Helen Martin: Morality is lost if life becomes expendable

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IT’S very tempting when you pass the 50 mark, to look back through rose-coloured glasses and conclude that everything was somehow better in the old days (though on balance, I think it probably was).

It’s equally tempting for young people to dismiss doom-laden, middle-aged opinions with phrases such as “the world’s moved on” or “things are different now”. It has, and they are.

But regardless of age, it’s impossible to ignore the bullying selfishness of a society that treats the very old in a pretty abysmal way and regards the very young as completely expendable.

In one day last week, three news stories combined to present the UK as not just having gone mad, but having gone seriously bad. While we concentrate on our superficial financial worries, national debt and dwindling fortunes, we seem to be drifting inexorably towards a moral vacuum that makes the ruthlessness of evolution and the survival of the fittest seem gentle, soppy and out of date.

It emerged that a record number of babies have been placed on the at risk register in Scotland, while they were still in the womb, by local authorities who were concerned that they would be neglected or physically attacked by their own parents once born.

On the same day came the news that two Catholic midwives had lost a legal case against Glasgow and Clyde Health Board’s refusal to recognise their right to conscientious objection on religious grounds, when it came to delegating to, supervising or supporting staff involved in providing terminations. The problem for them came when the majority of terminations were moved to labour wards where they worked trying to deliver healthy babies, rather than elsewhere in the hospital. Some people agree with a woman’s right to abortion, and some people don’t; but most would agree it seems heartless and tasteless in the extreme to have both types of patient in the same ward, albeit convenient for most of the medical staff.

Whether or not there are some people who should face mandatory contraception to prevent them having children they might neglect or attack, and whether or not Catholic midwives should be forced to, even at a distance, have a role in facilitating abortion, are both issues of staggering complexity.

Then up pops Francesca Minerva, a philosopher and medical ethicist doing research at Oxford though she’s based at Melbourne University, who has had an article published in the Journal of Medical Ethics, part of the British Medical Journal group. She argues that doctors should have the right to kill newborn babies if they are disabled, if the mother can’t afford to look after them, or even if her circumstances have changed or she decides she doesn’t want the child.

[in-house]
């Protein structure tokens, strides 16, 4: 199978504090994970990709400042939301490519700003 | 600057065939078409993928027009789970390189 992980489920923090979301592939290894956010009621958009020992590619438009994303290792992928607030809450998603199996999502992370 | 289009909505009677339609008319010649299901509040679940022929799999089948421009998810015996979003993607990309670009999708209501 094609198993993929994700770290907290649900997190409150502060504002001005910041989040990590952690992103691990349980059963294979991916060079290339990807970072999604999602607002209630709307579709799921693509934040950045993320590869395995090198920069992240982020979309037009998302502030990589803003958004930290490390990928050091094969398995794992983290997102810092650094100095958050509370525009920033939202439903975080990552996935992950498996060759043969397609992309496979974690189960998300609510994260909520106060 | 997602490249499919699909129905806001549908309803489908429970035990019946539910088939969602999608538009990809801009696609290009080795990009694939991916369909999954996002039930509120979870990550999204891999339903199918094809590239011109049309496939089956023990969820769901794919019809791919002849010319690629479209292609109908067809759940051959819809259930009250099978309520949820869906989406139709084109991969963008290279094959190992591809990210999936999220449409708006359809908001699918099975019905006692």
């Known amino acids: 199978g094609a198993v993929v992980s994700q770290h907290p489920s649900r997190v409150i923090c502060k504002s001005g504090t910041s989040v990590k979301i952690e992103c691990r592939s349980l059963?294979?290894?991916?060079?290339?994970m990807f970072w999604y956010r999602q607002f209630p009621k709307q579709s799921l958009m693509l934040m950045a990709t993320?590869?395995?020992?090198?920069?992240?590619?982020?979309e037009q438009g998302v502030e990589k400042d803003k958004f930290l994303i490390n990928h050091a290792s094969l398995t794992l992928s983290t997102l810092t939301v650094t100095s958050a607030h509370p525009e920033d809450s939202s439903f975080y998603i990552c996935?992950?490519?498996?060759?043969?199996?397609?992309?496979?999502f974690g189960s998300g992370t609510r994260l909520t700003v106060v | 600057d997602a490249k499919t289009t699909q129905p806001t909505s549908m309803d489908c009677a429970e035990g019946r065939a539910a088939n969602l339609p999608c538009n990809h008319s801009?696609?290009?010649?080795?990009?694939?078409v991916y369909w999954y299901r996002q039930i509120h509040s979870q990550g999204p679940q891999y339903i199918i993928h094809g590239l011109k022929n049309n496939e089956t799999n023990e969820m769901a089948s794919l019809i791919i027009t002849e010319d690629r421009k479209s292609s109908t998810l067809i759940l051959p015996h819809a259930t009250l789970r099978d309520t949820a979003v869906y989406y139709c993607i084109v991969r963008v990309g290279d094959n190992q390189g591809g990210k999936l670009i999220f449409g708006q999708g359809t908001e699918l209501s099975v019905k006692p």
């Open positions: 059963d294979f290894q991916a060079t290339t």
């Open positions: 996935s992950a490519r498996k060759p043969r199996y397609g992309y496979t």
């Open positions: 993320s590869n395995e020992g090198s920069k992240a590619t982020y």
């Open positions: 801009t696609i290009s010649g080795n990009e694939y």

This, she describes, not as murder or infanticide, but as . . “after-birth abortion”, on the basis that a new-born hasn’t developed hopes, goals and dreams yet and is therefore human, but not a person with a right to life. The interests of those who do have hopes and dreams, including parents, older siblings and even other members of society, should come first. She also rules out adoption because it could cause psychological distress to the mother! There is nothing complex about this. It is quite simply evil and vile.

Some women come to the difficult decision to abort for a number of heart-breaking reasons. But now we have evidence that British doctors are performing abortions on the grounds of mere gender choice. We know that babies are aborted just because they were unplanned and would stretch the family finances, or because caring for a new child would prevent a woman from pursuing her career. All that is bad enough and certainly not within the original spirit of the Abortion Act.

It assumes a child is nothing more than a lifestyle choice or an accessory.

There is no doubt in my mind – others may have a different view – that Dr Minerva makes Cruella De Vil look like the Good Fairy. But I can’t decide whether I think she’s really wicked, seeking notoriety, or if she is one of those academics who is possibly so clever she’s driven herself mad.

What she is proposing, under the “guise” of academia, is cold-blooded murder of infants by medical professionals. Why stop there? None of us can afford the current or future care bills for the elderly; dementia robs people of hopes and dreams too. Using her argument, killer doctors could be the way of the future.

But this is more than the distasteful ramblings of one woman. For the BMJ group published her argument, thereby giving it professional credence, and claimed that doing so was a matter of “academic and intellectual freedom”. Really? Perhaps Harold Shipman should be considered for a posthumous knighthood.